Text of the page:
Monday, December 8, 2014

The Literature of Caregiving: "Home" by Marilynne Robinson

I have been a caregiver for more than 30 years, and for the past ten years I have been coaching family caregivers. A couple of years ago I created a class called “Caregiving 101” to reach family caregivers in community centers, faith communities, and in workplaces.

What I’ve learned is that one of the biggest supports for a caregiver is hearing about how other people cope in their caregiving. We can learn from the good and the bad, from the “Do” and the “Don’t”, examples of how other people approached, struggled and survived their caregiving role.

In caregiving classes and support groups we hear poignant stories directly from current caregivers. But there is another way to share in these caregiving stories and that is from reading literature.

In the midst of my own caregiving I found myself leaning into the experiences of poets, novelists and those who write literary nonfiction, (essays and memoir as opposed to self-help books). Today my caregiving bookshelves have an equal number of advice books and works of literature—all guides to me on the practices, methods, strategies, and emotions of caregiving.

A few years ago I began teaching a class—for caregivers and for writers—called “The Literature of Caregiving.” Today, here at “Love in the Time of Cancer,” I am starting a new series on the literature of caregiving. Once a month, or maybe more often, I’ll introduce a novel, story or poem that offers a perspective on caregiving.

I hope you’ll enjoy these voices and that they will be helpful to you.

In caregiving literature we are often talking about pain, suffering, grief, or family dynamics, which we all know, complicate the day-to-day stress of caregiving.  Some works of literature in the caregiving genre can also be classified also as works of “narrative theology”—where there are underlying questions of meaning,  “What does all this mean in a bigger sense?” and “What wisdom do these stories offer about how I should live my life?”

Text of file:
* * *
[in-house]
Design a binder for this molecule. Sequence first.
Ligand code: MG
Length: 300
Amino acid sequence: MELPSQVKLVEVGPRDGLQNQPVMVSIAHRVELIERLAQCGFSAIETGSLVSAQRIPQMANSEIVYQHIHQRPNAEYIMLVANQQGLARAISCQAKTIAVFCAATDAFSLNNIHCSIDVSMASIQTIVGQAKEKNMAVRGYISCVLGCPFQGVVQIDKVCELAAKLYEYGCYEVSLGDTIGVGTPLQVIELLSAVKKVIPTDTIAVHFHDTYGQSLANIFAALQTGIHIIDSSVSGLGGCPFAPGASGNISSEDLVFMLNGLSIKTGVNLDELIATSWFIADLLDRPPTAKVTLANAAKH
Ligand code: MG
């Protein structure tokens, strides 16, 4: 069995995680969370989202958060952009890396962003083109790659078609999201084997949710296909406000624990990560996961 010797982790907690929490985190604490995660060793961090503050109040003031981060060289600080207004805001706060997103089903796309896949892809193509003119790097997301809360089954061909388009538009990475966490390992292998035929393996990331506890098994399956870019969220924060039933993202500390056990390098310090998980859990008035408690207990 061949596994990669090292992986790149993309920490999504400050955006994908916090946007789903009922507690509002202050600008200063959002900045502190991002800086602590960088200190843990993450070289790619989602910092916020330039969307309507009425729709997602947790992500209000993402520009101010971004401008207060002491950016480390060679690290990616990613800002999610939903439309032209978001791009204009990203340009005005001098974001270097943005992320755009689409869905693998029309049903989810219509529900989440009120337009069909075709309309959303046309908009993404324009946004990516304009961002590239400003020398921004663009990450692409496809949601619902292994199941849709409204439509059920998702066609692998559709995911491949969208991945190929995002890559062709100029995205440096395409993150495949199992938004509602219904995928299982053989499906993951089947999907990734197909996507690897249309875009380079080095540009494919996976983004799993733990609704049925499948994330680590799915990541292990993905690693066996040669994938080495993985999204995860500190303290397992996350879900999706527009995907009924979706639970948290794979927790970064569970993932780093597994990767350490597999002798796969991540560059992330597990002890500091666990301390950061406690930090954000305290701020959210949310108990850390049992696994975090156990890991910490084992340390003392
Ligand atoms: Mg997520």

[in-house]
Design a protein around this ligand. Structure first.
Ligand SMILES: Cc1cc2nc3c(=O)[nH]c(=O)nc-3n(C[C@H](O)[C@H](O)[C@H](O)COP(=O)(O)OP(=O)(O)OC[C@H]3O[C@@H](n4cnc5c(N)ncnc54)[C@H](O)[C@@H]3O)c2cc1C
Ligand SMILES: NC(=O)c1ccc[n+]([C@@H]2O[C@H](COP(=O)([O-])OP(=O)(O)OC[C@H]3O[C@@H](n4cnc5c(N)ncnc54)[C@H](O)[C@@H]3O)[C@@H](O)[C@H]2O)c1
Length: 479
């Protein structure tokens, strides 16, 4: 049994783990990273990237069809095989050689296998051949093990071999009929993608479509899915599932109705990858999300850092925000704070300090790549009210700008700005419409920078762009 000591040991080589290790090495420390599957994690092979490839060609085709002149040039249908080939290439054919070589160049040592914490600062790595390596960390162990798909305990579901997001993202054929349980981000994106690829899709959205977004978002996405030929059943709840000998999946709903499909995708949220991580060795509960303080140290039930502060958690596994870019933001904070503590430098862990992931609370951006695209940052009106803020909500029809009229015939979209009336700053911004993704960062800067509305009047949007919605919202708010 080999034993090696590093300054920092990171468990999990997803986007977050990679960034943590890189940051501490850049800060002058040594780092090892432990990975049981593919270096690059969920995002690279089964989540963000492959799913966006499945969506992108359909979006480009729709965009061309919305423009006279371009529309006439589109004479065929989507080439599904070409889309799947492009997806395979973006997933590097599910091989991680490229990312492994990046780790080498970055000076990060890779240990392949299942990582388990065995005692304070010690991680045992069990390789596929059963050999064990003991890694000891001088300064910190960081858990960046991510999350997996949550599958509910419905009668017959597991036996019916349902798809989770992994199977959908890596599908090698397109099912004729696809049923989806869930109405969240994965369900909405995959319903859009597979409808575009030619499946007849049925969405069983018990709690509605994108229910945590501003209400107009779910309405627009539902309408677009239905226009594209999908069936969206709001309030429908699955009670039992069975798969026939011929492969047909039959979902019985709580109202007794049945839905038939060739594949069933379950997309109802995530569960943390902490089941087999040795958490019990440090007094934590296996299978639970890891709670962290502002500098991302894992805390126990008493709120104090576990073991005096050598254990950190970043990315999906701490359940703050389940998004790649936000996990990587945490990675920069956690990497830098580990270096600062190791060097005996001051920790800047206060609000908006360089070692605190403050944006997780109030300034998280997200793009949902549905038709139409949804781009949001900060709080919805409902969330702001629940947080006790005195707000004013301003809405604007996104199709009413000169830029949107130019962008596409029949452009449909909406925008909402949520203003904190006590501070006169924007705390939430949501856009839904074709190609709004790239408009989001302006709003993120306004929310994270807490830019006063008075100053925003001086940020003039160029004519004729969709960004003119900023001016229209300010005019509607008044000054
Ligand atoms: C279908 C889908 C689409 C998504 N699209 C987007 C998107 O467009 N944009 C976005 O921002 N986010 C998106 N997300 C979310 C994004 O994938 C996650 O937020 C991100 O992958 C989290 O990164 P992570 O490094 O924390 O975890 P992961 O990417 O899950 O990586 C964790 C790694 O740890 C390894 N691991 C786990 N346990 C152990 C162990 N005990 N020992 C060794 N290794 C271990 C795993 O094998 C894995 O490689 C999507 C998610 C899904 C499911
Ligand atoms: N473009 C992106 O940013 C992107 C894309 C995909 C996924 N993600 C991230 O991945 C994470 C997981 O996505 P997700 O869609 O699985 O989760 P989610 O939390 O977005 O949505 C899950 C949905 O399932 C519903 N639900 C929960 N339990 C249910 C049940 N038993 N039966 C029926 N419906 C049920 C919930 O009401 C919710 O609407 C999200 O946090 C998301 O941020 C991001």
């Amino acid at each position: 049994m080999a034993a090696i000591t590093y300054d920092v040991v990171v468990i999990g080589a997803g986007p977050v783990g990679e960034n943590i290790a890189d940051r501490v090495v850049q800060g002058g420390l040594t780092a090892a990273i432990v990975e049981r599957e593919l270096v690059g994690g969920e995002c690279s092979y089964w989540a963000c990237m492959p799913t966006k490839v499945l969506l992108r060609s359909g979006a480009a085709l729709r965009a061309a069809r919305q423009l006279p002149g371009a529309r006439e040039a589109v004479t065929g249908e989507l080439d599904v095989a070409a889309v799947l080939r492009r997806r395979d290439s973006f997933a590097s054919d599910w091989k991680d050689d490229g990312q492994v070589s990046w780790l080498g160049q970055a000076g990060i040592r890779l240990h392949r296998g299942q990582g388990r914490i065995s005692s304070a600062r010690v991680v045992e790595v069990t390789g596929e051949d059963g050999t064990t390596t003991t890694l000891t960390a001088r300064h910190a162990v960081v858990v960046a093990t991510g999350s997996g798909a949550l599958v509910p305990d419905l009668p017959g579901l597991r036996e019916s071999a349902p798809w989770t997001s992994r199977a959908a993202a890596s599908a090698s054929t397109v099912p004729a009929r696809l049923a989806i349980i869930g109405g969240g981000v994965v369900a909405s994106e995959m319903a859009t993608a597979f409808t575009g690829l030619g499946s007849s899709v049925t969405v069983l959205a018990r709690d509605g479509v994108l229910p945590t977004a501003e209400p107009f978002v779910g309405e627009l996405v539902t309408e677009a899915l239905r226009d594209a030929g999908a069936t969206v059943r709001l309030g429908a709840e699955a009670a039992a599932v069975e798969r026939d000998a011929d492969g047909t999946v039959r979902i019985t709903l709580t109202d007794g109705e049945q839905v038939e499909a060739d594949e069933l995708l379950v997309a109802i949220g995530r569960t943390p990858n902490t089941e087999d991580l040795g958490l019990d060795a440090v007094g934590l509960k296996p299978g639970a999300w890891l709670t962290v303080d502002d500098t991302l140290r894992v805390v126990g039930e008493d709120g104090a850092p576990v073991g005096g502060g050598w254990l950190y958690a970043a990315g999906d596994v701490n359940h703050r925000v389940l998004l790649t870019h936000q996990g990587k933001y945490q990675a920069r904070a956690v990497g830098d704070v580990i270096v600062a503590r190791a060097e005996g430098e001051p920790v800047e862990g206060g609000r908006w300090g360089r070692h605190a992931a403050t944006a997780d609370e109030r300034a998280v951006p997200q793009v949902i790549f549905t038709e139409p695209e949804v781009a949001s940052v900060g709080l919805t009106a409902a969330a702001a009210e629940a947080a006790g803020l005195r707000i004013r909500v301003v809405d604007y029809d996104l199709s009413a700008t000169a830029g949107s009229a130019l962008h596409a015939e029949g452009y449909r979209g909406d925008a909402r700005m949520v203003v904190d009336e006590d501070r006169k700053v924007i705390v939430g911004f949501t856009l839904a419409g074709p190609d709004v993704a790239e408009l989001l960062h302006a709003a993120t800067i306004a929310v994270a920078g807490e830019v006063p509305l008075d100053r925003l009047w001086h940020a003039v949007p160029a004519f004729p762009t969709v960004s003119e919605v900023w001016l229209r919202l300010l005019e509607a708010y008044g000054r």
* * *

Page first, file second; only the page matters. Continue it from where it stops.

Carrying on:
I’ve chosen Marilynne Robinson--one of America’s great modern authors to lead this new series. Her books land on the best-seller list with each publishing, and they have the wonderful dual quality of holding their own as great page-turning fiction as well as having deep, deeper and deepest layers should you want that kind of read as well.

Maybe you recall some of her books, which were published in this order:
“Housekeeping”—which was also a wonderful movie, then “Gilead”—which won the 2004 Pulitzer Prize, then “Home” in 2008 and most recently, “Lila”. All of Robinson’s stories are set in Iowa—where Robinson lives. And each of her books centers on the joys, sorrows and struggles of one or more family caregivers.

In “Home” (2008) Robinson gives us Glory Boughton, age 38, who has returned to Iowa to care for her dying father. Glory has her own struggles that her father isn’t aware of. Glory’s brother Jack—gone 20 years—arrives home as well but not to help out but rather because, as we slowly learn, Jack needs a lot of tender care as well. Critics have called Jack Boughton one of the “greatest characters in recent American literature.”

Robinson’s writing and story telling is extraordinary. She uses a kind of page-turning prose that can seem so simple until you realize pages later that she has delivered complicated relationships and even more complicated emotions to us so gracefully.

Glory and Jack’s father is a retired minister so there is a family language of faith that both Jack and Glory wrestle with as they wrestle with each other. While the theology belongs to their pastor father, Glory is being tested in every way: emotionally, financially, physically and theologically.

Robinson’s other books all have caregivers as lead characters: an eccentric aunt in “Housekeeping”, a husband and wife in “Gilead” and a surprising friend in 2014's “Lila”.

While these stories are serious and important Robinson’s skill is also in making them enticing page-turners, so even the most tired caregiver will enjoy keeping Robinson on the bedside table, or in the bag that goes to and from appointments. 

I’ll return in a few weeks with another entry into our new canon: The Literature of Caregiving. I’d love to have your feedback and your suggestions too. This can be our virtual book group or we’ll be caregiving friends sharing a great read.

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